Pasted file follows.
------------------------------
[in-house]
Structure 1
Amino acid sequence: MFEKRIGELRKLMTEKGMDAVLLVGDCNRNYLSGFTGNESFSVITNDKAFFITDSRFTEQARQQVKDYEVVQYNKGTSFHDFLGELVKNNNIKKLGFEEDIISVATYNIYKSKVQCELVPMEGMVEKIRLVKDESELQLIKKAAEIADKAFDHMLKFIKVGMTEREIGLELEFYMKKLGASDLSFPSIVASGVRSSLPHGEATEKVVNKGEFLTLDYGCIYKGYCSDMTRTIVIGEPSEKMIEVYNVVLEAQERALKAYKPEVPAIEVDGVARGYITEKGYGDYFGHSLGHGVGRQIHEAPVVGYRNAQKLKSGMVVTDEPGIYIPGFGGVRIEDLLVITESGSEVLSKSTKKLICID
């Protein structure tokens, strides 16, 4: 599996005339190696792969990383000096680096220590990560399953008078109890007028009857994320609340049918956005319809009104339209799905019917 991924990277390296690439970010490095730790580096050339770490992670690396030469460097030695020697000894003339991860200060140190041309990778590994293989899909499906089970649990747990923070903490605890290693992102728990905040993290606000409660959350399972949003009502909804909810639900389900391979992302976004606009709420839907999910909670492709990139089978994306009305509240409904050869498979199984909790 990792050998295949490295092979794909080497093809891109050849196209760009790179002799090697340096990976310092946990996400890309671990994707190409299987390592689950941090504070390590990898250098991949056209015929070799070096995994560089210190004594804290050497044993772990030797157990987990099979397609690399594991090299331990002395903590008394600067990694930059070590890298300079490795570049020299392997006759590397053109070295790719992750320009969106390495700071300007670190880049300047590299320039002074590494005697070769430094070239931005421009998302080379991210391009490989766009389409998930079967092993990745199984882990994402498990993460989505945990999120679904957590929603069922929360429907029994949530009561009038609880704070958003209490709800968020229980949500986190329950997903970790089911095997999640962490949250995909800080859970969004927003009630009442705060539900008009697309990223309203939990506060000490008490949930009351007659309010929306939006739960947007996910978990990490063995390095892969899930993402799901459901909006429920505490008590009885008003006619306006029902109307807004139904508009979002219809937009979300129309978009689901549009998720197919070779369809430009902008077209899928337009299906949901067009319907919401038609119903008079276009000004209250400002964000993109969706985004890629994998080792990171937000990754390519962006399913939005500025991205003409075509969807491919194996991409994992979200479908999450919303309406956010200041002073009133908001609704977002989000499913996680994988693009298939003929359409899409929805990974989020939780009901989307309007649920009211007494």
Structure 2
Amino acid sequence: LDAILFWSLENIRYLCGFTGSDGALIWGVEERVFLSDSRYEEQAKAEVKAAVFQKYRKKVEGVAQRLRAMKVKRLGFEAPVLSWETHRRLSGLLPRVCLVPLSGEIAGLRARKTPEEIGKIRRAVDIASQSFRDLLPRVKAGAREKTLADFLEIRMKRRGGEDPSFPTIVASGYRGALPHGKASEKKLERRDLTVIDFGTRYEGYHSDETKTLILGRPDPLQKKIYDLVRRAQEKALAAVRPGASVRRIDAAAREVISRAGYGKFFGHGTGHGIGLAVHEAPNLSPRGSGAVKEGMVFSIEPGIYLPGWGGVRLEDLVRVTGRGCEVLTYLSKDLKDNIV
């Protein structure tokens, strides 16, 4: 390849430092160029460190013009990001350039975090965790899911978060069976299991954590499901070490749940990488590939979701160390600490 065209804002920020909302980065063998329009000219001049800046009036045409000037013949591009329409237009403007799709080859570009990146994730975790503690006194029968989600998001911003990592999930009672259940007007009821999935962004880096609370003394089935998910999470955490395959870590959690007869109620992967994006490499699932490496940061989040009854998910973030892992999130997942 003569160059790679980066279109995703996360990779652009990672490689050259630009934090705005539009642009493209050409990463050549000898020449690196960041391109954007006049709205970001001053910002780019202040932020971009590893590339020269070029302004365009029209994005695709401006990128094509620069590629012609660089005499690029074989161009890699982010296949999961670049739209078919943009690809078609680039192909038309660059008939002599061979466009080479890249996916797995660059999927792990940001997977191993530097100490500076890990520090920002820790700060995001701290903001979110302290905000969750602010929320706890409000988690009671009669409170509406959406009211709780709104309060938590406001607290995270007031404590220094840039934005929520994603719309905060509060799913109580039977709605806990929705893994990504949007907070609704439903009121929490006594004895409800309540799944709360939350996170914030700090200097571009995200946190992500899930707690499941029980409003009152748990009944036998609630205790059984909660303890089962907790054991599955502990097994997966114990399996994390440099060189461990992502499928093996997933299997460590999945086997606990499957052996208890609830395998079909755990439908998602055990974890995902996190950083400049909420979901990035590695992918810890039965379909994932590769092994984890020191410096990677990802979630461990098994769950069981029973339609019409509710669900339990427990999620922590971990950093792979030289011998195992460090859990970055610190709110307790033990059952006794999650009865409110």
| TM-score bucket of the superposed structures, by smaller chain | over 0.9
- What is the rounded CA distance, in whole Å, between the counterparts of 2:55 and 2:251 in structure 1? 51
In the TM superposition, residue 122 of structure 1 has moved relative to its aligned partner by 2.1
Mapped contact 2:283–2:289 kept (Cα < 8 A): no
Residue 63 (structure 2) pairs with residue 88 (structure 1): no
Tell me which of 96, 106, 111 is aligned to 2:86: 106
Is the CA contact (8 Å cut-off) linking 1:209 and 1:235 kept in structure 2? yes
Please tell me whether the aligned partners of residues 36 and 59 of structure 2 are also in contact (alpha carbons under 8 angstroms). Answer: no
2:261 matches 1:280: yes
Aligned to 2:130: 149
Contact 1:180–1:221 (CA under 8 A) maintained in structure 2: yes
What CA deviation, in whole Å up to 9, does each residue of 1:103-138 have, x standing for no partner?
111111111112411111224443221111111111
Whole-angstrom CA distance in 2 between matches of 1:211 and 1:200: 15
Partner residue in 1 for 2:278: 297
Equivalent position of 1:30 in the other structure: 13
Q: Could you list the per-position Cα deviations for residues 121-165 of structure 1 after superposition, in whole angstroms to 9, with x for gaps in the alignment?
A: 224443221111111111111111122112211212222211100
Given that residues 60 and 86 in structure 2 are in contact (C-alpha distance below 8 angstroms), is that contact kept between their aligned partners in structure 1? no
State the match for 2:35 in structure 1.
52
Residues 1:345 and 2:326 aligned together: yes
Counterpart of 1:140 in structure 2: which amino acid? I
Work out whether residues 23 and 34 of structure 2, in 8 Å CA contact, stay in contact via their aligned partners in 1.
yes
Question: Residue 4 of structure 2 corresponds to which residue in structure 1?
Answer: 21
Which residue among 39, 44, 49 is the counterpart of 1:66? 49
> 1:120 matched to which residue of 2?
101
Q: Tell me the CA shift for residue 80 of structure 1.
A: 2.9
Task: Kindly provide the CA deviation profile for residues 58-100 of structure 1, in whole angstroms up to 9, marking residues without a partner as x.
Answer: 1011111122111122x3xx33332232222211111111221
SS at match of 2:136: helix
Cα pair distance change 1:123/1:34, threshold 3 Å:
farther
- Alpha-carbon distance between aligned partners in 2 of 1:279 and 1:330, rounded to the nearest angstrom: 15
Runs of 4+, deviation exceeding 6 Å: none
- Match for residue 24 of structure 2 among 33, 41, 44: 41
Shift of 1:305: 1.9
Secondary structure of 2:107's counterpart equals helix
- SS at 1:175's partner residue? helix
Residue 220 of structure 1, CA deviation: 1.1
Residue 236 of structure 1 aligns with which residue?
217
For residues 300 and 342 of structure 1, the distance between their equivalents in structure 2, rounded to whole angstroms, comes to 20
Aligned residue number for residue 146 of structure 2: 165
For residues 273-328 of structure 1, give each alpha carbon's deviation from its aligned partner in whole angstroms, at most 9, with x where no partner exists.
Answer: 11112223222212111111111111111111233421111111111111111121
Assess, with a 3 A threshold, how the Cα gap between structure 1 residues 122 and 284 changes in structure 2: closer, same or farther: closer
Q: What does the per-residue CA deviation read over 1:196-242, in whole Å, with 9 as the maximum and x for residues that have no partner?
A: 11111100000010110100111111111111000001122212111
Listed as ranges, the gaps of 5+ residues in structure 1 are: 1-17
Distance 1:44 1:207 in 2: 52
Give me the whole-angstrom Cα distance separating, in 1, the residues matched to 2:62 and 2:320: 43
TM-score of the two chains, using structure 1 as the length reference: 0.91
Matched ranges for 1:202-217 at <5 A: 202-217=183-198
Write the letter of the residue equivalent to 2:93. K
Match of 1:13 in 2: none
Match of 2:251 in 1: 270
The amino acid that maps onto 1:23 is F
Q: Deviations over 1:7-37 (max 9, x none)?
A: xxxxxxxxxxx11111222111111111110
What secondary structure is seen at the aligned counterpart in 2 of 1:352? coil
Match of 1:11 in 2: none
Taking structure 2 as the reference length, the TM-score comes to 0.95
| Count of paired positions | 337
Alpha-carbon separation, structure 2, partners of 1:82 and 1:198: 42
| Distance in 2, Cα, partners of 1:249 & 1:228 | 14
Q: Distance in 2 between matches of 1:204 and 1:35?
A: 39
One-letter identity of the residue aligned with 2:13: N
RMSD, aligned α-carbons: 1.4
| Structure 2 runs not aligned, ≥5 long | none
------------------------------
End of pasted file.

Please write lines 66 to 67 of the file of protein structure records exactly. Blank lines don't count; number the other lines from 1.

Write the letter of the residue equivalent to 2:93. K
Match of 1:13 in 2: none